Damages

July 23rd, 2019 by Rieders Travis in Damages

DAMAGES-NONECONOMIC-DEATH CASE Robert Kimble v. Laser Spine Inst., 2021 Pa. Super. LEXIS 610 (September 30, 2021) (McLaughlin, J.). Damages awarded were under the Wrongful Death Act.  Noneconomic damages are permitted.  The verdict was substantial, $10 million.  Mathematical formula is not necessary.  There was ample evidence supporting the jury’s award.  There was heavy psychological and emotional toll from Sharon’s death.  Robert Kimble testified that he goes to her gravesite every day.  Talked about the gravesite.  Father’s routine of visiting Sharon’s grave was testified to.  Robert Kimble testified, articulating the gravity of his loss and movingly describing his despondency.  He testified about his overarching loneliness, which led him to move in with his elderly mother because he could not bear to live alone.  He had a portrait of Sharon tattooed on his calf, and her initials on his ring finger.  Talked about the memories of his wife.  This, even though there was a PFA against him in another state.  The verdict was not against the weight of the evidence.  The verdict was upheld. DAMAGES-PUNITIVE-MOTOR VEHICLE ACCIDENTS Clauss-Walton v. Gulbin, Pa. No. 20 CV 4860 (C.P. Lackawanna May 21, 2021) (Nealon, J.).  Defendant,…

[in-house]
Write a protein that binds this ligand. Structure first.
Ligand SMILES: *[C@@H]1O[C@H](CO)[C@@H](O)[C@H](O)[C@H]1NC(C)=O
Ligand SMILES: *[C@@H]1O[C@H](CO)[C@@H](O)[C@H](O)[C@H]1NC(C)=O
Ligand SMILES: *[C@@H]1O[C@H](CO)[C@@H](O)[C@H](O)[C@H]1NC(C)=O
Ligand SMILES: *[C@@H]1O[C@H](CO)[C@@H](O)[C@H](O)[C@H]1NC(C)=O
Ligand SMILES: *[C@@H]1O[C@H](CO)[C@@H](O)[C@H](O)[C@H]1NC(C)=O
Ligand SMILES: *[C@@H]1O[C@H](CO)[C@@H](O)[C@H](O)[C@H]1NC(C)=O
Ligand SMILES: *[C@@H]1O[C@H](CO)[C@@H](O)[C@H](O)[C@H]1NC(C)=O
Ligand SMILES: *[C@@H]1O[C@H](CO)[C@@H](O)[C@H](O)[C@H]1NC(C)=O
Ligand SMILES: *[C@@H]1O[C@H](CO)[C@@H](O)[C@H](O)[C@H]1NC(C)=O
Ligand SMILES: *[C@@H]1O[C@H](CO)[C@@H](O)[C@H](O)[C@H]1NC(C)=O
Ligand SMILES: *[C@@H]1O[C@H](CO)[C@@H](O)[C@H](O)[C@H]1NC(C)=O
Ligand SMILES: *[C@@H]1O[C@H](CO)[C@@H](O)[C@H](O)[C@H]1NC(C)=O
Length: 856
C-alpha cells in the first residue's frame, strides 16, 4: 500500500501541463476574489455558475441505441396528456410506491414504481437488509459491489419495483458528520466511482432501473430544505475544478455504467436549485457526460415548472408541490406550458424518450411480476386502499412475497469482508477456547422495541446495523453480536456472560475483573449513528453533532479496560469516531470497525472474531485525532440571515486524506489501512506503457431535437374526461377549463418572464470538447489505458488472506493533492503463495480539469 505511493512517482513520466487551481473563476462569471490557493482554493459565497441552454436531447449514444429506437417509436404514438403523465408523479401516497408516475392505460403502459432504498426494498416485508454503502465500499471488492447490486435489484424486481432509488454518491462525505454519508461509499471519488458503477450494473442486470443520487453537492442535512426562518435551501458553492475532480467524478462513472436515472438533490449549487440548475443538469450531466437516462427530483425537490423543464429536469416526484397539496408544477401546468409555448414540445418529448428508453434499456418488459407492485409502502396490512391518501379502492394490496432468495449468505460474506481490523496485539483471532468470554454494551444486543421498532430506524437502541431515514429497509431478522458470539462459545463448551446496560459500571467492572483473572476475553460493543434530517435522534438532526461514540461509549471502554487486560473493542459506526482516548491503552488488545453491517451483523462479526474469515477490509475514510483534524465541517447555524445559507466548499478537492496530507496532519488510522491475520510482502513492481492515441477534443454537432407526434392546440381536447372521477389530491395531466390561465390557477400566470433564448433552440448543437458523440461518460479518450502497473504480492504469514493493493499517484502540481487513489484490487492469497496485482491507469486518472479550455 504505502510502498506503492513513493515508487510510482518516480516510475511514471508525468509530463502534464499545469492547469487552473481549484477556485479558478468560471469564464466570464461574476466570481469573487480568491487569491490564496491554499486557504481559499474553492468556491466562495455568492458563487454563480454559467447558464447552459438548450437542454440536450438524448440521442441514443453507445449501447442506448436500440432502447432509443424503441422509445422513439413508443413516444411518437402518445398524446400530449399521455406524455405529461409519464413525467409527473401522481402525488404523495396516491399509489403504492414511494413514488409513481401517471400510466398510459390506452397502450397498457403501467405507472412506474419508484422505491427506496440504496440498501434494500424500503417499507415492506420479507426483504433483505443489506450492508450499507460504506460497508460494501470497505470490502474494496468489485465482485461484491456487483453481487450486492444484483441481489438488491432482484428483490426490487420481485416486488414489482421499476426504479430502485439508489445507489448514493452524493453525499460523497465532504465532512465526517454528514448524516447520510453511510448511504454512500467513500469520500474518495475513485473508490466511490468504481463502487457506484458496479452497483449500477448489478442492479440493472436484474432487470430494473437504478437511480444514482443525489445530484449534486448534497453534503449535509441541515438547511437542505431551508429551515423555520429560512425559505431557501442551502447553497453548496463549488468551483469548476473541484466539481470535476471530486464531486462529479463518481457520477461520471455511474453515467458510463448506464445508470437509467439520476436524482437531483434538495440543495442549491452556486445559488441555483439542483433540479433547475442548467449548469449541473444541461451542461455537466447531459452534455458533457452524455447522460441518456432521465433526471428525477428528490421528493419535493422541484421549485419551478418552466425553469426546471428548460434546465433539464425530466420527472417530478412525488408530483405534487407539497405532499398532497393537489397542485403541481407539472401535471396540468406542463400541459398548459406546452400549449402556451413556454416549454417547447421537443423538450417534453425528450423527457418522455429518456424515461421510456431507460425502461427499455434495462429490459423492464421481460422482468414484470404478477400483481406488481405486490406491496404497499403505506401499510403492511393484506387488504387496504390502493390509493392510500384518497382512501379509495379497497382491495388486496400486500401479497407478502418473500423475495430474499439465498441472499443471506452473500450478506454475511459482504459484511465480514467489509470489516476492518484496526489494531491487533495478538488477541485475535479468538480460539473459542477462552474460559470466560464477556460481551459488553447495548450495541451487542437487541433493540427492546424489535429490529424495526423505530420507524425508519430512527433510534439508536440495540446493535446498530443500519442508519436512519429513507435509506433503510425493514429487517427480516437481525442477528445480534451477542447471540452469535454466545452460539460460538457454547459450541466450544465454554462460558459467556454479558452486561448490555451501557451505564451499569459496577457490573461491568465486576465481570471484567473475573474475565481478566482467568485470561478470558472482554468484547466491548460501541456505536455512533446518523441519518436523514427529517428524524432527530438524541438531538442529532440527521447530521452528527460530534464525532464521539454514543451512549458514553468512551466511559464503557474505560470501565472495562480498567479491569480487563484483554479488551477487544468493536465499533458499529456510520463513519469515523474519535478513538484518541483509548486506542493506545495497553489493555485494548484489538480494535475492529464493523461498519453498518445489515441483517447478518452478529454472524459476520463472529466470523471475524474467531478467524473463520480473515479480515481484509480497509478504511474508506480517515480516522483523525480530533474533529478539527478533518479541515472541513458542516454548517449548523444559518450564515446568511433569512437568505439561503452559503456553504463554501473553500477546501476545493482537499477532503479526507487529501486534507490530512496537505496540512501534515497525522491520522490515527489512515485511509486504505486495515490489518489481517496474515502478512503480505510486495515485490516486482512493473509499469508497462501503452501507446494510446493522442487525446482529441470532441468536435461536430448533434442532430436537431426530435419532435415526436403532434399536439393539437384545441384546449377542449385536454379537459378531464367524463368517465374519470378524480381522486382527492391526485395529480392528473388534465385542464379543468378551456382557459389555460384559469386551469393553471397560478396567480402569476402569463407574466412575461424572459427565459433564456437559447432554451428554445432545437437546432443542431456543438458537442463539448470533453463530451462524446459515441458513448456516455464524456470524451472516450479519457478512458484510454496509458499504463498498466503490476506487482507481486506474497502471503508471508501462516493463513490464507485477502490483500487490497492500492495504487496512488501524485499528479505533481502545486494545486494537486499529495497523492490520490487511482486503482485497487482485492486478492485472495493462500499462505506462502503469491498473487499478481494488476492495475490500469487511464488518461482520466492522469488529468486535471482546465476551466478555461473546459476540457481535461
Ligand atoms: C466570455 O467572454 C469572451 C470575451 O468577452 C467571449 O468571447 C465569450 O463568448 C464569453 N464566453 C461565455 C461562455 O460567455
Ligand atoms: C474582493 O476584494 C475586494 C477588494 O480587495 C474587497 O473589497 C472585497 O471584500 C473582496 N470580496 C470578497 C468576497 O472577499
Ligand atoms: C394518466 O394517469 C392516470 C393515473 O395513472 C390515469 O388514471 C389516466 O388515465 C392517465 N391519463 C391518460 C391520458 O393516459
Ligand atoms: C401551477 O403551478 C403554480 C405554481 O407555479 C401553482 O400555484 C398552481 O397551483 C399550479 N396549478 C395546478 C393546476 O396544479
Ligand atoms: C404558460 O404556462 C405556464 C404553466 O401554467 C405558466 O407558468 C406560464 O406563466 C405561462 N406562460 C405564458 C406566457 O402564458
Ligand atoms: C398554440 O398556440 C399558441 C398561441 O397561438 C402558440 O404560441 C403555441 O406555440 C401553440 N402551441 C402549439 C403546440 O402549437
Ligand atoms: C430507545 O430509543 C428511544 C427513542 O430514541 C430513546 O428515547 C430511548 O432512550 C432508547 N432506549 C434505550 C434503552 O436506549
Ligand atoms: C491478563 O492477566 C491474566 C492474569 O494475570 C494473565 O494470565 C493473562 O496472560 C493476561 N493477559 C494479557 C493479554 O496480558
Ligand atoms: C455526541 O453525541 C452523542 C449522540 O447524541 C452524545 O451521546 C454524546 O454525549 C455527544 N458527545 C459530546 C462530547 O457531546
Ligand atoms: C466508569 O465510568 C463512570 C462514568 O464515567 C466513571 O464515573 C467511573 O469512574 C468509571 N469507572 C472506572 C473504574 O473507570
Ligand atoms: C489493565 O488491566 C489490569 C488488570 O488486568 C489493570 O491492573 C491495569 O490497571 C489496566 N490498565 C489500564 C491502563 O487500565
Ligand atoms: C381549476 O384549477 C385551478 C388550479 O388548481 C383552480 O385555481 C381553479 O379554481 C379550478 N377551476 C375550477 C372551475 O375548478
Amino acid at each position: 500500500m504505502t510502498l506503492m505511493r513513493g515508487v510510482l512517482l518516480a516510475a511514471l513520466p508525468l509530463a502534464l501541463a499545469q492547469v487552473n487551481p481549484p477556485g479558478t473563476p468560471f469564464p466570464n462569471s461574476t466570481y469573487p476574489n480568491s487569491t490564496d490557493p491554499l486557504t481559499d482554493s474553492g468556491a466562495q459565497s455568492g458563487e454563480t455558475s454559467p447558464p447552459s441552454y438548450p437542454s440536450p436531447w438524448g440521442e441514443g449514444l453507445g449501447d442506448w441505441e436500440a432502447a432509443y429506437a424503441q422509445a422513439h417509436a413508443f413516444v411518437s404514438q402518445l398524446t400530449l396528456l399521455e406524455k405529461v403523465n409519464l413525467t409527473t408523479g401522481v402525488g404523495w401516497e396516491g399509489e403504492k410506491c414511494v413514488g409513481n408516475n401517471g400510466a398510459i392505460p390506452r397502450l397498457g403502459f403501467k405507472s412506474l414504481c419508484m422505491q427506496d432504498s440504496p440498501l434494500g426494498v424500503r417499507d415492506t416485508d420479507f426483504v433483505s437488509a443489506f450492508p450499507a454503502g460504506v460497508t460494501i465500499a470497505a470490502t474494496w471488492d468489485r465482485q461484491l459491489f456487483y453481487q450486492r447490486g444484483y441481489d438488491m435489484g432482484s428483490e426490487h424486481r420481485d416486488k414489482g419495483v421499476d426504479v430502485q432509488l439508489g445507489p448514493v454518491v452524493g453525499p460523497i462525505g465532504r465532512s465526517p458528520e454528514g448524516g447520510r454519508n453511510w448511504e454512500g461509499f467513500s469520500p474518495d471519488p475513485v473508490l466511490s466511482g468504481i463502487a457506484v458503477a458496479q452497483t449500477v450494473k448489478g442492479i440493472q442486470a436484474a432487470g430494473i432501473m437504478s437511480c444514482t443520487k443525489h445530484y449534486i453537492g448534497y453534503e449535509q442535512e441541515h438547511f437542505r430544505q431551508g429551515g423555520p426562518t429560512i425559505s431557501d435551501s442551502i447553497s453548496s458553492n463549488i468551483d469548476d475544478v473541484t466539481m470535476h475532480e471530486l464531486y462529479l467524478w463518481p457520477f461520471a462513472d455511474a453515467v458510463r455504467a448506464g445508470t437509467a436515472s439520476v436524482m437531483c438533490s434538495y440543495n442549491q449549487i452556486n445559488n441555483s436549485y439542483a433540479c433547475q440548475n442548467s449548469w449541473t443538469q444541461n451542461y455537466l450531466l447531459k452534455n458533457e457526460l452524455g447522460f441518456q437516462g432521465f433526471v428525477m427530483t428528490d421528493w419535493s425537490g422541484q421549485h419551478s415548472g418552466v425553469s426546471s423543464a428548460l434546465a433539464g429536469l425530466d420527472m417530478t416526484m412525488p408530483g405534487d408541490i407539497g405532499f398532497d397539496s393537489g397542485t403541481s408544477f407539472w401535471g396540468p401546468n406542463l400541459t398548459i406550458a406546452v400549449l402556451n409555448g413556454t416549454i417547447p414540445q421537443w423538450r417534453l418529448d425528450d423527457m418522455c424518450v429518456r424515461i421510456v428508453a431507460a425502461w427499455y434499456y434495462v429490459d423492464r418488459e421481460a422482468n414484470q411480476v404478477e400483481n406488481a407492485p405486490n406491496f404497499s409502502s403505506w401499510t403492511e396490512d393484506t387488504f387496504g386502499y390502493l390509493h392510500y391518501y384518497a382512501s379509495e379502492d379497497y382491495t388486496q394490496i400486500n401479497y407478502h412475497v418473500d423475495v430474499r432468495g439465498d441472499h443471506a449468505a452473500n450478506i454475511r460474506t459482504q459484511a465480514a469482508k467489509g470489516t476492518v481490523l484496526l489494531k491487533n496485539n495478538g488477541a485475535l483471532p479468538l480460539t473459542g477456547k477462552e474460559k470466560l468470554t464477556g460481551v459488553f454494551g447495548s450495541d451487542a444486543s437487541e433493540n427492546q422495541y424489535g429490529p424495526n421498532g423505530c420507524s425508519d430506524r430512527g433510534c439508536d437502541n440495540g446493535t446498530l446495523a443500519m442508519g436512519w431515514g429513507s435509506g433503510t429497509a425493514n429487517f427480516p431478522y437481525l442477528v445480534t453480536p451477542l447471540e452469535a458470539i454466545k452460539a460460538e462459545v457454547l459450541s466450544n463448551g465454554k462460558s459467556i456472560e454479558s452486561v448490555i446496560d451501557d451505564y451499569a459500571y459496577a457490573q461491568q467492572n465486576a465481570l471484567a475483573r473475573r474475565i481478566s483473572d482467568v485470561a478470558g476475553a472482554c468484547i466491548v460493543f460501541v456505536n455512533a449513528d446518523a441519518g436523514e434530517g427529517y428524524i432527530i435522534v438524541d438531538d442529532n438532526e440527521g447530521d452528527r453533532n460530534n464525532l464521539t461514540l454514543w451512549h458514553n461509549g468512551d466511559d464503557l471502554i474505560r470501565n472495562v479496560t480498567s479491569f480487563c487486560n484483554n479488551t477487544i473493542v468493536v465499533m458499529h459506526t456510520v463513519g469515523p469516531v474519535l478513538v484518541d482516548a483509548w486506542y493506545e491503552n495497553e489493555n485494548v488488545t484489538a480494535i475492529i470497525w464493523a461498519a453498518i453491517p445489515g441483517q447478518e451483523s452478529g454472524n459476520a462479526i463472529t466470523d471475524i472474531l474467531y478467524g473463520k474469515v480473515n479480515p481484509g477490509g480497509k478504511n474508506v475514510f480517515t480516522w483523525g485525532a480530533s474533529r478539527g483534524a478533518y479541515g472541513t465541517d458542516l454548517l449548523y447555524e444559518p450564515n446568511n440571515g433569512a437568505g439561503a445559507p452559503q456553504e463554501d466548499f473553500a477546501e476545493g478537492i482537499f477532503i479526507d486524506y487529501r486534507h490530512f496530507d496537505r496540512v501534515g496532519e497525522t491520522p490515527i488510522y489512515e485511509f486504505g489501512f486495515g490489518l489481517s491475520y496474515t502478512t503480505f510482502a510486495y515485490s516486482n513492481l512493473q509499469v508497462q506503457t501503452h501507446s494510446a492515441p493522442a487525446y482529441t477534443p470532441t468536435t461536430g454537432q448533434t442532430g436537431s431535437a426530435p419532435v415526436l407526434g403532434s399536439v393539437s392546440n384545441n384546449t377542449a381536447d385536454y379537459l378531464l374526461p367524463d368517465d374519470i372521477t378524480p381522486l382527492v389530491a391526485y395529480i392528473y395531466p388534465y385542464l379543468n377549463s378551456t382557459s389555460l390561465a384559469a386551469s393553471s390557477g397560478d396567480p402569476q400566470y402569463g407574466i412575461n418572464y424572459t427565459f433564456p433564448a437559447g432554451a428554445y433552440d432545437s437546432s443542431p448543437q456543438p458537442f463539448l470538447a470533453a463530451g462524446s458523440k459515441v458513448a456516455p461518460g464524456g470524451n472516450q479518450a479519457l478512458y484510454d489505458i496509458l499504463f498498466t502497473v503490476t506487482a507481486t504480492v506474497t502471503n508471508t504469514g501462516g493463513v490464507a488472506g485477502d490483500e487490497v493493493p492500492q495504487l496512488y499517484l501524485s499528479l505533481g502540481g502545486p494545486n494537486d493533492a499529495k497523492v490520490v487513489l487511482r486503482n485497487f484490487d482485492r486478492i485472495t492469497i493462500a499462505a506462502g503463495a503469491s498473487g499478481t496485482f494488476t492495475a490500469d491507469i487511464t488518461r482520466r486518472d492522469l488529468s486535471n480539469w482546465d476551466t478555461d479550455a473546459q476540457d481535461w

DAMAGES-NEGLIGENT INFLICTION OF EMOTIONAL DISTRESS

March 20th, 2019 by Rieders Travis in Damages

Damages in a Negligent Infliction of Emotional Distress Claim Murga v. Lehigh Valley Physicians Grp. 2018 Pa. Dist. & Cnty. Dec. LEXIS 3053 (November 26, 2018) Johnson, J.-Court would not grant partial summary judgment on negligent affliction of emotional distress claim. Plaintiff argued that NIED claims have evolved and broadened in Pennsylvania and that her NIED claims were appropriate under multiple theories of recovery including the duty of care arising from a special relationship, a physical impact theory and a bystander theory. The court distinguished between transitory, nonrecurring physical phenomena like fright as opposed to depression, nightmares, stress and anxiety. Plaintiff’s severe emotional and psychological injuries which were accompanied by physical injuries, pain and suffering are sufficient to satisfy the physical harm requirement.